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Read again what saxymanzach said. You want to emphasize the 3rd & 7th of the chord (in this case it's a minor third & minor seventh of the root, D). Also "think" in terms of the root, which for D Dorian is D, not C. And of course, use the Dmin7 chord, not Cmaj. You are playing a chord instrument, after all.
 

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going around

Practice runs and scales in the cycle of fifths. It really makes you get all the keys down. For instance,play the "bebop scale" in time, key of C,F,Bb,etc. It's sorta fun,too.
 

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I think garbage is searching for modes here - sounds like he's got the major keys down already.

I've been thinking of it this way - If I've got a Dorian or Mix chord and I want to fit that - then I gravitate toward the chord tones - and that does it - if I'm imrovising a melody and have something in mind - I worry more about fitting in the major scale through that bar - and worry about the minor chord less - although it is there if I want that quality in my melody. It really depends on where I am going. I find I can play a major over a minor and vice versa - it just depends on the sound I am going for.

However having said that - I regularly go around the cycle of fourths in Dorian and Mix - this will get your thoughts together. The arpegios may be the most helpful to get the chord tones in your head. If you can hear them in your head then you will be able to play them. (This is something I've been working on recently).

Good luck
 

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hgrail said:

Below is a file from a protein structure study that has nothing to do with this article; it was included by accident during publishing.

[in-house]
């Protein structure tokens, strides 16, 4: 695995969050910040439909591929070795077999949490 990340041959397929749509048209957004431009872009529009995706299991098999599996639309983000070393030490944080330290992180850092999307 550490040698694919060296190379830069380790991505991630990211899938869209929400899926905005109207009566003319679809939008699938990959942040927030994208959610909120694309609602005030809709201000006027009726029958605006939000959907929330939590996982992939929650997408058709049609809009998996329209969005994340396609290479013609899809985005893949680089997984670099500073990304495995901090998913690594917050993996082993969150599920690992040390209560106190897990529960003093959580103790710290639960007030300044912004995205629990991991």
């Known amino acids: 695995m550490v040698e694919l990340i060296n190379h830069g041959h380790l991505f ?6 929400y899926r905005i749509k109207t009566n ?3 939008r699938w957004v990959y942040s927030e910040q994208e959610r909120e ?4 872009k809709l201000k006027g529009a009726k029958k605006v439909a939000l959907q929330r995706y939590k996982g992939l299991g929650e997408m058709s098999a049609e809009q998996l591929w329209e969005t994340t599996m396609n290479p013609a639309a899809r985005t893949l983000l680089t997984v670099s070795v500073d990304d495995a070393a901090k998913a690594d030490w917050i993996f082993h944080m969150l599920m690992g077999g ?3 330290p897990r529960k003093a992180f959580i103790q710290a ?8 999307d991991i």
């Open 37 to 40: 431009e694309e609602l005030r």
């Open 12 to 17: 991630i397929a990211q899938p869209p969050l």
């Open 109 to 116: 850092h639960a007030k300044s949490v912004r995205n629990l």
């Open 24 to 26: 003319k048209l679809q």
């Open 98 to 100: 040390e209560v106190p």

- I regularly go around the cycle of fourths in Dorian and Mix - this will get your thoughts together. The arpegios may be the most helpful to get the chord tones in your head. If you can hear them in your head then you will be able to play them. (This is something I've been working on recently).

Good luck
This is really a good way to go. I especially like going around the cycle with dominant chords/scales (mixolydian), starting on different chord tones. Actually I mainly work from the 3rd & 7th chord tones, since they really sound the chord. Also, with dom chords, the 3rd is only a half step away from the b7th of the next chord in the cycle. For example, moving from C7 to F7, you can play E to Eb. Also, you can spell each chord in turn, dropping a half step on the starting chord tone.

Try spelling the chords in a downward direction:

C7--play E C Bb G (descending)
F7--play Eb C A F
Bb7--play D Bb Ab F
Eb7--play Db Bb G Eb
etc

Once you have the arpeggios well in hand, you can start adding more notes from the scale and even chromatic passing tones (like the maj7th for the bebop scale).

I realize this is mixo mode, not dorian, but the same principle applies for all the modes. You just have to vary the patterns to fit the chords.
 

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All the above, and treat C as an avoid tone until it "fades" into the rest of the mode that you're doing.